Academic journal article Competition Forum

Genetically Engineered Food and Genetically Modified Organisms

Academic journal article Competition Forum

Genetically Engineered Food and Genetically Modified Organisms

Article excerpt


According to the Food and Drug Administration (FDA), there are two types of plant breeding: the traditional method and the genetic engineering method. The FDA describes the difference between the two methods as the traditional method can produce unwanted effects, while the genetically engineered process can control the effects produced as shown in Figure 1. The six largest genetic engineering companies in the world are Monsanto, which holds the largest market share, Pioneer Hi- Bred International, Syngenta AG, Dow Agrosciences, BASF and Bayer Cropscience (Biology Fortified, 2013).

A genetically engineered food is also known as genetically modified food. According to Medline Plus (2013), a website produced by the U.S. National Library of Medicine, ?Genetically engineered foods have had foreign genes (genes from other plants or animals) inserted into their genetic codes. Genetic engineering can be done with plants, animals, or microorganisms,? and it is a topic that has been an ongoing debate due to consumer safety and exposure to new allergies or health risks. In the words of Naik, (2010), an author who has written extensively on environmental issues:

The history of producing genetically modified food can be traced back to mid-19th century, when Gregor Mendel - an Austrian monk and botanist, carried out an experiment wherein he crossbred tall pea species with short pea species to show that certain traits in one species were inherited by other in this process. Even though Mendel is considered to be the founder of science of genetics today, his efforts were not acknowledged until 20th century. Mendel's observations paved way for the development of first genetically modified plant - an antibiotic resistant tobacco plant, in 1983. (GM Foods)

The Food and Drug Administration (FDA) has ordered regulations around the processing, labeling and selling of products containing genetically modified organisms to ensure consumers are aware that the products they are purchasing may contain genes not directly related to that product. The United States Department of Agriculture (USDA) has also played a significant role in regulating and permitting genetically modified products. The debates contain strong arguments for and against the genetic modification of genes, despite that fact that no actual research has concluded harmful or beneficial results.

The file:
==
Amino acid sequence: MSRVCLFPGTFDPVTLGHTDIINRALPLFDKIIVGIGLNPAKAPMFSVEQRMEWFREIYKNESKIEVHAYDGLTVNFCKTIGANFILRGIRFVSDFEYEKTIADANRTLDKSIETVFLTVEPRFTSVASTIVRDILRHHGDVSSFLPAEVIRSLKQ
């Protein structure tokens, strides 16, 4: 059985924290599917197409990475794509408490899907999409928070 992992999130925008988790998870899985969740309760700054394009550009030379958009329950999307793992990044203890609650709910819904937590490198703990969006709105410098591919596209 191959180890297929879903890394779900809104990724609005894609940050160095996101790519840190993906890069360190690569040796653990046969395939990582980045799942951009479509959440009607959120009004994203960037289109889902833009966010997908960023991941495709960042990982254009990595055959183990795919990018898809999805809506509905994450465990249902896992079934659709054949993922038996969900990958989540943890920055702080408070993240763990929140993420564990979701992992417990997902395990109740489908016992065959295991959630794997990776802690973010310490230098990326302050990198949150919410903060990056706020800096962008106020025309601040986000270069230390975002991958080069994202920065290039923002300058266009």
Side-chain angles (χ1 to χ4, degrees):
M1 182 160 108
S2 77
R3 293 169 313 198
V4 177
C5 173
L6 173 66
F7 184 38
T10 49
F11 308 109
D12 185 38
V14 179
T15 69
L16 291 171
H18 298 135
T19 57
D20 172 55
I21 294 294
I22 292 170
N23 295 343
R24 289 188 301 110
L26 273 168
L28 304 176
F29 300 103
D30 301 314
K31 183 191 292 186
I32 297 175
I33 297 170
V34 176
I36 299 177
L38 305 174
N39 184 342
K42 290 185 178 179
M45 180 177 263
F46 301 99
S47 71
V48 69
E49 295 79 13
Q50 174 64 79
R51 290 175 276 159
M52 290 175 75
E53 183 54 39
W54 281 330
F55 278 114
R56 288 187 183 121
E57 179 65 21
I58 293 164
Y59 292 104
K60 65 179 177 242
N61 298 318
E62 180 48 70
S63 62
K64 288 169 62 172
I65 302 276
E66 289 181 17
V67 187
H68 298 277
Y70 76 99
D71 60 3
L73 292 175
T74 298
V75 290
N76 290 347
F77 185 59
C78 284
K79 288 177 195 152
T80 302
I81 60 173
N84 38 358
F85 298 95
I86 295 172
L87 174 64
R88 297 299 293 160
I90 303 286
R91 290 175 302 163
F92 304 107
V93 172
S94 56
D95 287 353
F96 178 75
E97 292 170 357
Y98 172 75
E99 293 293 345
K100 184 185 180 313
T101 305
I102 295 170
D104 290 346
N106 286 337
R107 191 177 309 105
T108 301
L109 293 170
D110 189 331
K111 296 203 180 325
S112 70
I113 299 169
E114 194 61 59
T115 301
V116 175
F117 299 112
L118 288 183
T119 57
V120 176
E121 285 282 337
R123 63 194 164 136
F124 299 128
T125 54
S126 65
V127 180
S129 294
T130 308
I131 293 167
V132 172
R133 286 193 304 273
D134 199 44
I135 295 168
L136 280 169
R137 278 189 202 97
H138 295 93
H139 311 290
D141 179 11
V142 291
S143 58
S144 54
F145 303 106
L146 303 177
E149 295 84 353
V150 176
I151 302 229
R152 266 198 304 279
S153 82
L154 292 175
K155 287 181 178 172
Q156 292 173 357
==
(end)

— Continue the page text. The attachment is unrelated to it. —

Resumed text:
Main concerns of those opposed to genetically engineered foods are allergies and unintended exposure to genes or chemicals that may contain harmful reactions. The Institute of Responsible Technology (IRT) recently reported (Climate, 2013) that there may be a direct link to a spike in Americans with gluten allergies, stating that ?a team of experts suggests that GM foods may be an important environmental trigger for gluten sensitivity, which is estimated to affect as many as 18 million Americans? (p. 48).

In addition to the issue of gluten allergies, consumers are worried that the cross-contamination may cause unexpected allergic reactions due to genes found in peanut products, for example, being injected into tomatoes or soy products, which would not naturally contain the peanut gene (Mount, 2012). A series of studies on animals was conducted by Global Research and concluded GMOs can cause harmful effects, based on results such as death, gastro-bleeding, abnormal cell growth, false pregnancy or infertility, severe allergic reactions (headaches, itching, inflammation, rashes, etc.), pancreas problems, liver inflammation and organ damage (Lendman, 2013).

As reported in the American Journal of Clinical Nutrition, Antoniou, Fagan and Robinson (2012) presented evidence about GMOs, which support the findings in the animal studies that GMOs are harmful and come at a costly price. According to Fagan, ?Crop genetic engineering as practiced today is a crude, imprecise and outmoded technology. It can create unexpected toxins or allergens in foods and affect their nutritional value. …

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